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Carpenter v. Officer Spade

United States District Court, W.D. Pennsylvania

October 25, 2019

CHRISTOPHER ERIC CARPENTER, Plaintiff,
v.
OFFICER SPADE, et al., Defendants.

          MEMORANDUM ORDER

          Cynthia Reed Eddy, U.S. Magistrate Judge.

         For the reasons stated herein, this case will be dismissed[1] without prejudice for failure to prosecute.

         I. Procedural History

         This action was instituted with the filing of a motion to proceed in forma pauperis on August 16, 2019 (ECF No. 1), which was granted by order dated April 22, 2019. (ECF No. 2). The Complaint was filed on April 22, 2019. (ECF No. 3). Plaintiff was informed by the Court in its Memorandum Order of April 22, 2019, that he must notify the Court of all address changes. (ECF No. 2). He was again so advised[2] by order dated April 25, 2019. (ECF No. 8 at 5). Plaintiff subsequently filed several notices of change of address. (ECF Nos. 19, 20). On September 12, 2019, Defendants Officer Spade and Andy Radevski filed a motion to dismiss with brief in support. (ECF Nos. 25, 26). The court converted the motion to a motion for summary judgment under Fed.R.Civ.P. 56 and ordered a response brief to be filed by Plaintiff on or before October 16, 2019. (ECF No. 27). This order, as well as a text order setting a deadline for the filing of an election for either consenting to jurisdiction by the Magistrate Judge or to have District Judge assigned to the case (ECF No. 28) were sent to Plaintiff at his address of record, SCI Mercer, 801 Butler Pike, Mercer, PA, 16137, but were returned to the court on October 3, 2019 marked “Return to Sender. Refused. Inmate Paroled.” (ECF No. 30).

         On October 4, 2019, we entered an order that Plaintiff show cause, on or before October 21, 2019, why this action should not be dismissed pursuant to Federal Rule of Civil Procedure 41(b) in that he has failed to keep the Court informed of his address. He was further notified that should he fail to do so, the Court will deem him to have abandoned this lawsuit, and the case will be dismissed. This order was sent to his address of record, SCI Mercer, 801 Butler Pike, Mercer, PA, 16137.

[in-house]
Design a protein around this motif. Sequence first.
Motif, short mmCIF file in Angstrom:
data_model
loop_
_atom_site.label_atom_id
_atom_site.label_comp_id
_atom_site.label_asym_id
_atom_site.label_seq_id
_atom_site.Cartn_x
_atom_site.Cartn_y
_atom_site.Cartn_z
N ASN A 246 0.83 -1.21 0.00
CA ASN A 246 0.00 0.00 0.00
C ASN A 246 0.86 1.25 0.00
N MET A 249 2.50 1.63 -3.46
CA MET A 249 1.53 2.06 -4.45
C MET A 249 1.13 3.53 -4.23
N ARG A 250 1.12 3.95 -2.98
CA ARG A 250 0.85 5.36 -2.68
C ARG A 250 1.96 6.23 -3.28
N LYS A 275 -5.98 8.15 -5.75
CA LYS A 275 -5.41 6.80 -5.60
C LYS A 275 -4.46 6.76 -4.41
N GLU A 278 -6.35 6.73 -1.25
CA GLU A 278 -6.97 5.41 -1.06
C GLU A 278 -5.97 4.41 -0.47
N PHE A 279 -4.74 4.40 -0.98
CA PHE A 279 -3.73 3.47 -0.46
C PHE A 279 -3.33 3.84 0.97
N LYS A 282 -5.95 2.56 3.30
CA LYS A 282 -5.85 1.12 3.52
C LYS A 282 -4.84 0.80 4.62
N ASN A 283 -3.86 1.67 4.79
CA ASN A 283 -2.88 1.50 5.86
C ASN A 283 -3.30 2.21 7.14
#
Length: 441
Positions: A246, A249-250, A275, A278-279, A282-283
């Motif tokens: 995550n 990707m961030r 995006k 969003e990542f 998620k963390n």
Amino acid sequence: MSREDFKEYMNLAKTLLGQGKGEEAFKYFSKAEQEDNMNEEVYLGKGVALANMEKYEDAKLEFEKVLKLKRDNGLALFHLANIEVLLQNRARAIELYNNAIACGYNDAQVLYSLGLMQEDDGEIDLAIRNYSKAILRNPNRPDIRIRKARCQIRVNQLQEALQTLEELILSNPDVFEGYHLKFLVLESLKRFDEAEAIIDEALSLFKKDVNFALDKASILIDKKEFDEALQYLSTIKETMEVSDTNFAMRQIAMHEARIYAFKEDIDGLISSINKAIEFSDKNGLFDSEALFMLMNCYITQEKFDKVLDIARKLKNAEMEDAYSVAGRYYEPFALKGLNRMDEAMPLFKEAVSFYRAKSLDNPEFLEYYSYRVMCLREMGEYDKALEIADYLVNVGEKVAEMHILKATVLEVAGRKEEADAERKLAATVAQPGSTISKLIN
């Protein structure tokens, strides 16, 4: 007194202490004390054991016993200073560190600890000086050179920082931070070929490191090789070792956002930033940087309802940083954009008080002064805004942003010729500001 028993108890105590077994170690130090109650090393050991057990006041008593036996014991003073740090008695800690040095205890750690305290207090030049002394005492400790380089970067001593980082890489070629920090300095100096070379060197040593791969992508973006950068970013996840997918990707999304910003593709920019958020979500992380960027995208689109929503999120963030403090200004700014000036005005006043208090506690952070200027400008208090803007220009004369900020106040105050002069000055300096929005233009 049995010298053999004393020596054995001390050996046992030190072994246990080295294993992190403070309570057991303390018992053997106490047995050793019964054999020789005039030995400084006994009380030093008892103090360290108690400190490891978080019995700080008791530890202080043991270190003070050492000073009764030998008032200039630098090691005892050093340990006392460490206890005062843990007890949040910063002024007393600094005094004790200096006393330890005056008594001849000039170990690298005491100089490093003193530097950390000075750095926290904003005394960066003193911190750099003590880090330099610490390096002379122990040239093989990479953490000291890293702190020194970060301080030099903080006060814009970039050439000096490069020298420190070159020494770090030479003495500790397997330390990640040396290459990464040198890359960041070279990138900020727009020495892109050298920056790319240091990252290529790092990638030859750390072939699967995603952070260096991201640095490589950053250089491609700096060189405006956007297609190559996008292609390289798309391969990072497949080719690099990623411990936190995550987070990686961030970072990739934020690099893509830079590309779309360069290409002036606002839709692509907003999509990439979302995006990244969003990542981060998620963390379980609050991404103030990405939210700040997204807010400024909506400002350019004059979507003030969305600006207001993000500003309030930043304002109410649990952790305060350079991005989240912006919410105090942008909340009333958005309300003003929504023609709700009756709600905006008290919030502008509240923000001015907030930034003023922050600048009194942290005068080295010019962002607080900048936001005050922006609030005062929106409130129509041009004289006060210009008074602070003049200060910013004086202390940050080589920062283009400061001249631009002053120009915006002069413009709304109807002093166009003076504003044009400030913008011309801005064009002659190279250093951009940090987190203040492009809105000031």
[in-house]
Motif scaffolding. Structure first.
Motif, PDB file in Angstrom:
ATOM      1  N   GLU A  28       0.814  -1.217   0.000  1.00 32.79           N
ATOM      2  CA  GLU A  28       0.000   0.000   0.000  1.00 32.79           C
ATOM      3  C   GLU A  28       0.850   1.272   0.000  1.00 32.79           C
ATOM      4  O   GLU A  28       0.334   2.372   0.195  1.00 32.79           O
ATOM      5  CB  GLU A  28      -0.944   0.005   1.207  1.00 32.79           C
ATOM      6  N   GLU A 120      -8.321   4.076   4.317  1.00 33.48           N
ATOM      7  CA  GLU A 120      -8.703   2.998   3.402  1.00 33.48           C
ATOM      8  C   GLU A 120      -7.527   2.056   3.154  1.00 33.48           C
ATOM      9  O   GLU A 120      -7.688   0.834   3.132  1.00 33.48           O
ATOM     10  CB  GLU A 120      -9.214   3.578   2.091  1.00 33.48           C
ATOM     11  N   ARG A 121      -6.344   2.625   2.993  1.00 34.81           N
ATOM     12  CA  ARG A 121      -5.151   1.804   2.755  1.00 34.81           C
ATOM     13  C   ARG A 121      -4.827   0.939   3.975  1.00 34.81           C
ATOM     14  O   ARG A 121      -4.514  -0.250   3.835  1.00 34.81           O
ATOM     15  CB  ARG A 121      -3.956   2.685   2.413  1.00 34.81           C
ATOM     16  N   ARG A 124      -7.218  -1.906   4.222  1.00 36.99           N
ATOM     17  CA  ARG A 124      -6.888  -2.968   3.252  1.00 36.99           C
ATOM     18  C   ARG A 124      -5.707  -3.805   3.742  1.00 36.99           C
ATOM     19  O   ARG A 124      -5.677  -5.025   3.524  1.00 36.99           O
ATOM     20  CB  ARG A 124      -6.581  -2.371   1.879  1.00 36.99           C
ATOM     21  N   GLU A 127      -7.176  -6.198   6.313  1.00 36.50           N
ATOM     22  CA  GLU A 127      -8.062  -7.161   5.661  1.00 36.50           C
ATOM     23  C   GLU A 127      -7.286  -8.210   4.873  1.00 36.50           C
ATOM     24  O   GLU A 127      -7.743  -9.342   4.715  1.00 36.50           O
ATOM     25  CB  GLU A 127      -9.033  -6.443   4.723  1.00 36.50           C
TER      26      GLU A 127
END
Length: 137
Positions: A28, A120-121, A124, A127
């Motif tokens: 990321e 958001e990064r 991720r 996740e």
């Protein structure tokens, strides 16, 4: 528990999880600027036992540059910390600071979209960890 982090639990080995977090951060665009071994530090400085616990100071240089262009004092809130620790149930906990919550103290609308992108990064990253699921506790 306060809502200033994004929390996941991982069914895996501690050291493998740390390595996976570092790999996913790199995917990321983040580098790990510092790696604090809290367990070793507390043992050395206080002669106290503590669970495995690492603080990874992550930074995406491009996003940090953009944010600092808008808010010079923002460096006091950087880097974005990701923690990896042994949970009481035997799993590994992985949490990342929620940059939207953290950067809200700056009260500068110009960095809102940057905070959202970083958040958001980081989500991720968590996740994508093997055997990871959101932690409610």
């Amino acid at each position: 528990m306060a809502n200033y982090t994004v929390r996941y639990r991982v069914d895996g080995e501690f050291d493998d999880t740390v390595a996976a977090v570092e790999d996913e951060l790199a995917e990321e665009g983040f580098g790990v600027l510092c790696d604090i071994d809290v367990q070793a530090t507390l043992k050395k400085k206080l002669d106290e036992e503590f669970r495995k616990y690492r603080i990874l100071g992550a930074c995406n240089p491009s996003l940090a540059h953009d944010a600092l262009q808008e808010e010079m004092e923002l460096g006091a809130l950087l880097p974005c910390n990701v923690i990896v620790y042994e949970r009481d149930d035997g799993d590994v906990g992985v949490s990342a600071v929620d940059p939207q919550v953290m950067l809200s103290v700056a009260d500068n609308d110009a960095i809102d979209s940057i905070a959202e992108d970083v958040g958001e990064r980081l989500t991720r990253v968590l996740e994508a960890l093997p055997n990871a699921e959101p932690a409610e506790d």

The time for responding to the Order to Show Cause has now passed. Therefore, consistent with the October 4, 2019 Order, and pursuant to Poulis v. State Farm Fire & Cas. Co., 747, F.2d 863 (3d Cir. 1984), the case now is subject to dismissal.

         II. Discussion

         A district court has inherent power to dismiss a complaint, sua sponte, under Federal Rule of Civil Procedure 41(b) for a plaintiff's failure to comply with an order of court. Adams v. Trustees of New Jersey Brewery Employees' Pension Trust Fund, 29 F.3d 863, 871 (3d Cir. 1994) (“The Supreme Court affirmed, stating that a court could dismiss sua sponte under Rule 41(b).”); Guyer v. Beard, 907 F.2d 1424, 1429 (3d Cir. 1990). Furthermore, a court's decision to dismiss for failure to prosecute is committed to the court's sound discretion. See Collinsgru v. Palmyra Bd. of Educ., 161 F.3d 225, 230 (3d Cir. 1998) (“We review for abuse of discretion a district court's dismissal for failure to prosecute pursuant to Rule 41(b).”), abrogated on other grounds by Winkelman ex rel. Winkelman v. Parma City School Dist., 550 U.S. 516 (2007). In exercising that discretion, a district court should, to the extent applicable, consider the six factors identified in Poulis v. State Farm Fire and Casualty Co., 747 F.2d 868 (3d Cir. 1984), when it levies the sanction of dismissal of an action for failure to obey discovery schedules, failure to prosecute, or to comply with other procedural rules. Harris v. City of Philadelphia, 47 F.3d 1311, 1330 n.18 (3d Cir. 1995).

         In Poulis, the Court of Appeals for the Third Circuit set forth the following six factors to be weighed in considering whether dismissal is proper:

(1) the extent of the party's personal responsibility; (2) the prejudice to the adversary caused by the failure to meet scheduling orders and respond to discovery; (3) a history of dilatoriness; (4) whether the conduct of the party or the attorney was willful or in bad faith; (5) the effectiveness of sanctions other than dismissal, which entails an analysis of alternative sanctions; and (6) the meritoriousness of the claim or defense.

Id. at 868. These factors must be balanced in determining whether dismissal is an appropriate sanction, although not all need to weigh in favor of dismissal before dismissal is warranted. Hicks v. Feeney, 850 F.2d 152 (3d Cir. 1988). Consideration of these factors follows.

         1. The extent of the party's personal responsibility.

         Plaintiff is proceeding in this matter pro se. Certain Defendants have filed a motion to dismiss, converted to a motion for summary judgement, to which Plaintiff has not responded. Plaintiff has not filed a Notice of Change of Address. The responsibility for this failure to comply is Plaintiff's alone.

         2. Prejudice ...


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